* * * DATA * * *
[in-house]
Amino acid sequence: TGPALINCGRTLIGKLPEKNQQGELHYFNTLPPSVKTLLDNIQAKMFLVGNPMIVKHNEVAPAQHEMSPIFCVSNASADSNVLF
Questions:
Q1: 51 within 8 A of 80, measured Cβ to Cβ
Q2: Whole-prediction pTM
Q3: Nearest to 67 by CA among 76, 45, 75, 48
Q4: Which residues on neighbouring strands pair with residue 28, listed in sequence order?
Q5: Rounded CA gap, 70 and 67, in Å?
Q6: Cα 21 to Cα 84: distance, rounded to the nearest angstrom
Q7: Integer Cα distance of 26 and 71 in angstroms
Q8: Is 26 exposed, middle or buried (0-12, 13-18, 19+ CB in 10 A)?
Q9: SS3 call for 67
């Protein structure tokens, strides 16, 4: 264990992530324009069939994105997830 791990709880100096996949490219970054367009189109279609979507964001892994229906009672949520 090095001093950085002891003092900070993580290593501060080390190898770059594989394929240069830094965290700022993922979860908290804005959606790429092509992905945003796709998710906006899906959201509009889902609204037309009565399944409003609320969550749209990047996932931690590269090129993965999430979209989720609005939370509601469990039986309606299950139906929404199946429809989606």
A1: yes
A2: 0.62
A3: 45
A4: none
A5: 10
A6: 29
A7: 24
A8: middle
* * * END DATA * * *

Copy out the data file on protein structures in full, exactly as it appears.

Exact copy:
[in-house]
Amino acid sequence: TGPALINCGRTLIGKLPEKNQQGELHYFNTLPPSVKTLLDNIQAKMFLVGNPMIVKHNEVAPAQHEMSPIFCVSNASADSNVLF
Questions:
Q1: 51 within 8 A of 80, measured Cβ to Cβ
Q2: Whole-prediction pTM
Q3: Nearest to 67 by CA among 76, 45, 75, 48
Q4: Which residues on neighbouring strands pair with residue 28, listed in sequence order?
Q5: Rounded CA gap, 70 and 67, in Å?
Q6: Cα 21 to Cα 84: distance, rounded to the nearest angstrom
Q7: Integer Cα distance of 26 and 71 in angstroms
Q8: Is 26 exposed, middle or buried (0-12, 13-18, 19+ CB in 10 A)?
Q9: SS3 call for 67
């Protein structure tokens, strides 16, 4: 264990992530324009069939994105997830 791990709880100096996949490219970054367009189109279609979507964001892994229906009672949520 090095001093950085002891003092900070993580290593501060080390190898770059594989394929240069830094965290700022993922979860908290804005959606790429092509992905945003796709998710906006899906959201509009889902609204037309009565399944409003609320969550749209990047996932931690590269090129993965999430979209989720609005939370509601469990039986309606299950139906929404199946429809989606």
A1: yes
A2: 0.62
A3: 45
A4: none
A5: 10
A6: 29
A7: 24
A8: middle